Subscribe options

Select your newsletters:


Please enter your email address:

@

News & Media

Latest ITER Newsline

  • Worksite | First pillars for the crane hall

    For the overhead cranes to deliver machine components into the Tokamak assembly pit, the rails that carry them need to be extended some 80 metres beyond the tem [...]

    Read more

  • Transport | 300 tonnes of equipment on its way to ITER

    A specially designed assembly tool and elements of the cryostat and vacuum vessel thermal shields are part of the shipments travelling now from Korea to ITER. W [...]

    Read more

  • Fusion world | A new tokamak in town

    After EAST in China and WEST in France, another of the cardinal points of the compass has been chosen to name a tokamak. Introducing NORTH—the NORdic Tokamak de [...]

    Read more

  • Opportunities | Bringing the ITER Business Forum to Washington

    Every second year, a two-day ITER Business Forum is held to invite existing and potential suppliers for the ITER Project—laboratories, universities, and compani [...]

    Read more

  • World Energy Congress | Fusion "at a time of transition"

    In the United Arab Emirates, Abu Dhabi is often referred to as a tourism hotspot that combines luxury and ancient traditions. In September, Abu Dhabi was in the [...]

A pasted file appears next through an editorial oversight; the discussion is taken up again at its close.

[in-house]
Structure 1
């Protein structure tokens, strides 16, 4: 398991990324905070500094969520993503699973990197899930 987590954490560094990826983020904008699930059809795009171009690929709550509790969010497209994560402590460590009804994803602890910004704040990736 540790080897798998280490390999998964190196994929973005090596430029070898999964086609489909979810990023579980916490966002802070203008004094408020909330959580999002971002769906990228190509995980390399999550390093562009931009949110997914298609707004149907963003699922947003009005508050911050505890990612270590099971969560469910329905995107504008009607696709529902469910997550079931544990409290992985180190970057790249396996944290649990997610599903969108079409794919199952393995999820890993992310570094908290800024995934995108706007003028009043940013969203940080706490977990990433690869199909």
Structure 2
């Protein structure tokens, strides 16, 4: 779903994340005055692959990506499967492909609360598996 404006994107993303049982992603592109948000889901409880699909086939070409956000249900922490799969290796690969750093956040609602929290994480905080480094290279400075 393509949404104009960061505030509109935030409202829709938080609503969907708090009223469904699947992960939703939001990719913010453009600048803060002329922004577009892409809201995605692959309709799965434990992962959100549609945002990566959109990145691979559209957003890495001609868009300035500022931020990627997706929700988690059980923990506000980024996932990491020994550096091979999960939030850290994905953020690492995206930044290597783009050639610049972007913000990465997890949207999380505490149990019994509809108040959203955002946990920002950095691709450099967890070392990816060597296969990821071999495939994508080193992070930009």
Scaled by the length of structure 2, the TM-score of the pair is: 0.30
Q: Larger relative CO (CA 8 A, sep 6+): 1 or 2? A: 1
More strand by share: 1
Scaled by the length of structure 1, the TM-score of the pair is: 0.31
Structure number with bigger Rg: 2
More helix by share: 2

Read more

Of Interest

See archived entries

Image of the week

Don't get mixed up!

In case of a sudden loss of superconductivity in the ITER magnets (a "quench") the helium that circulates in the coils will be almost instantly discharged into dedicated double-wall quench tanks.

This complex set of hand valves and local readings of pressure, temperature and flow is part of the cooling loop that maintains the temperature inside the quench tanks at 100 K. It will provide field operators with a convenient tool for maintenance operations. (Click to view larger version...)
This complex set of hand valves and local readings of pressure, temperature and flow is part of the cooling loop that maintains the temperature inside the quench tanks at 100 K. It will provide field operators with a convenient tool for maintenance operations.
If the tanks were at ambient temperature, the thermal shock caused by cryogenic helium discharged from the magnets at just above 4 K (minus 269 °C) would result in considerable stress and shrinkage to the tank structures.

In order to prevent such a potentially damaging event, the inner vessels of the tanks must be cooled to cryogenic temperature whenever the machine is in operation. This is achieved through a cooling loop that maintains the temperature inside the tanks at 100 K (minus 173 °C)—a temperature at which shrinking has already occurred.

This valve and instrumentation panel outside of the cryoplant is part of that loop. Although measurement signals and activators from all cryogenic systems interface with the CODAC human-machine interface in the local cryo-control room, the outdoor instrumentation panel with its dozens of hand valves and local readings of pressure, temperature and flow provides field operators with a convenient tool for maintenance operations.

 


return to the latest published articles